The Homeless World Cup kicked off in Edinburgh on 18 July - and you'll be able to catch all the latest action from the tournament right here.
Four graduates from the BBC Tackling Skills project will be reporting on all the games throughout the week-long tournament, which will see 32 countries and over 250 people taking part.
Here is an interview with Harald Schmeid.
Interview with Harald Schmeid - by James Clarke
The idea for the Homeless World Cup (HWC) arrived late one night in a bar in Cape Town.
Harald Schmeid, editor-in-chief of the Austrian street paper Megaphon and his friend Mel Young, President of the International Street Papers (INSP), were discussing future developments for the street paper movement.
Schmeid said: "Let's create a global symbol for the Integration of homeless people, and use the universal language of football as a catalyst."
Schmeid added: "We didn't dream of the HWC making such an impact and each year getting better."
Three years later at the third World Cup in Scotland in the heart of Edinburgh Schmeid said that he thought it would be impossible combining big ideas together with social inclusion.
But, Schmeid seemed surprised how two integrated parts of Edinburgh came together with people coming to add support who walked by towards all of the players.
Young and Schmeid put all of the HWC together but had a lot of help from volunteers, the public, sponsors, the International Uefa and the FA.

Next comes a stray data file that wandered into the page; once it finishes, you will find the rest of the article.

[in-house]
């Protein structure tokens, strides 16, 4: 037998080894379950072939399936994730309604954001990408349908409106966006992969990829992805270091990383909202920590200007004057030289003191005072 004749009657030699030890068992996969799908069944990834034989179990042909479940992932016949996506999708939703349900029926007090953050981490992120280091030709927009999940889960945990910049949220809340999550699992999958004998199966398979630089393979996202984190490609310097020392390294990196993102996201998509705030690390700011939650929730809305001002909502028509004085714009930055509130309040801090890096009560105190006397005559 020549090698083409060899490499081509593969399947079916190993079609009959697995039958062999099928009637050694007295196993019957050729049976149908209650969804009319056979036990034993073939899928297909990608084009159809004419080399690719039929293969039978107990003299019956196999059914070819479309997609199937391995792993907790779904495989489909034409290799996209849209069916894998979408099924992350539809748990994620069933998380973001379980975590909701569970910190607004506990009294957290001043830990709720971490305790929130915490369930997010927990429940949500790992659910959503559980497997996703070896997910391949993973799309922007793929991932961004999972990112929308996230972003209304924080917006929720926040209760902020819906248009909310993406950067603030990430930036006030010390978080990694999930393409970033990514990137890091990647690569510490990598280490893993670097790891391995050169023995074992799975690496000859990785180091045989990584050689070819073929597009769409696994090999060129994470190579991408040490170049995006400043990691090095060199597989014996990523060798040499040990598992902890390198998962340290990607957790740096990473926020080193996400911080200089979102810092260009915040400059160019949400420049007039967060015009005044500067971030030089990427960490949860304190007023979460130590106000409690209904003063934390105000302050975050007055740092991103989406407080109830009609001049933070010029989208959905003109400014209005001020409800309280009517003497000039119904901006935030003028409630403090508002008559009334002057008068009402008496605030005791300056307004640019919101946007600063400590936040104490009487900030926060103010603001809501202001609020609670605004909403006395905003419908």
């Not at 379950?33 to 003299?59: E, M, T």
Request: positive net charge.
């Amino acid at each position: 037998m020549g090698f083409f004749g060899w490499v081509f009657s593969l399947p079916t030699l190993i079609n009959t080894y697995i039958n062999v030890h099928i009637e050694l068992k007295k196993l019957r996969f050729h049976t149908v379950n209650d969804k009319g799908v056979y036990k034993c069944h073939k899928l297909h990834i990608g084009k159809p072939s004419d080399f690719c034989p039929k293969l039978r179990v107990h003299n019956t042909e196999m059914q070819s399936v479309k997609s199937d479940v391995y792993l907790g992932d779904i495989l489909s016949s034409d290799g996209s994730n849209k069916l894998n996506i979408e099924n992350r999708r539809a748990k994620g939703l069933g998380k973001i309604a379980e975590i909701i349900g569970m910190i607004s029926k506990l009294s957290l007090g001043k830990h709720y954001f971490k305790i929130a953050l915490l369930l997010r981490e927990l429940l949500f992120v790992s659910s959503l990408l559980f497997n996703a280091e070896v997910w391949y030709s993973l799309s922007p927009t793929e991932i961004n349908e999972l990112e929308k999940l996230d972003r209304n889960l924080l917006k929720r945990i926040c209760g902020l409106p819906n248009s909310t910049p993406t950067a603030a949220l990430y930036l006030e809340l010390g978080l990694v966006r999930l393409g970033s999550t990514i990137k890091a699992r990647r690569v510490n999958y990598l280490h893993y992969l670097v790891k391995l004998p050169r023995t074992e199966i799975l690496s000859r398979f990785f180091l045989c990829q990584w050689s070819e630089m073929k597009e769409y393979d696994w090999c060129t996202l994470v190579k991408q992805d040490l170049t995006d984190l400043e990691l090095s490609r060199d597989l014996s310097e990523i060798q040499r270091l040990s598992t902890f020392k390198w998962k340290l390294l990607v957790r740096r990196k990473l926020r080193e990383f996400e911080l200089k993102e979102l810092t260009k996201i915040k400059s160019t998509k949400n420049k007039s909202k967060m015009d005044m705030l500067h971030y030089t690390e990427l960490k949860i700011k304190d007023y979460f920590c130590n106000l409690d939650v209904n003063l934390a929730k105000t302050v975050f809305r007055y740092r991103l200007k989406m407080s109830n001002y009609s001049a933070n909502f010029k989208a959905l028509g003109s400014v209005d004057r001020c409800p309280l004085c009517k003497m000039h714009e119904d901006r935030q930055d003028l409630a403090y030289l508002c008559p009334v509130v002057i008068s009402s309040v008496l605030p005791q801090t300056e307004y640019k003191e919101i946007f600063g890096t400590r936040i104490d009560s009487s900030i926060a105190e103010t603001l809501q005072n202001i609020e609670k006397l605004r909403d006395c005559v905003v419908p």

With all these great people getting involved it makes a huge difference, and Schmeid thinks that now everyone comes together yearly making a kind of International family.
Schmeid believes that the future of the HWC will grow and due to the great success in Edinburgh and with Uefa's charity award in Monaco it will boost the tournament as a whole.
Already Schmeid said there have already been many bids for countries to hold the games next, including Monaco and Cape Town.
All the immense energy and good vibes within this year's HWC encourages the thought to involve other kinds of projects.
With an encouraging and positive tone Schmeid hope's to expand beyond the 32 teams already involved. He added: "If we get more homeless people the better, that's the mission."
With the first HWC being held in Schmeid's home town he didn't know what to expect. When walking the streets of Graz he talked to shopkeepers who gave tremendous feedback and who still haven't forgotten it to this day.
The event in Graz, which was the voted European capital of culture in 2003, was a great success and Schmeid would love to take HWC to other countries.
Even working with the media has helped amazingly much to his surprise.
Schmeid will be definitely carrying on his role on a voluntary basis building his dream into a real life success.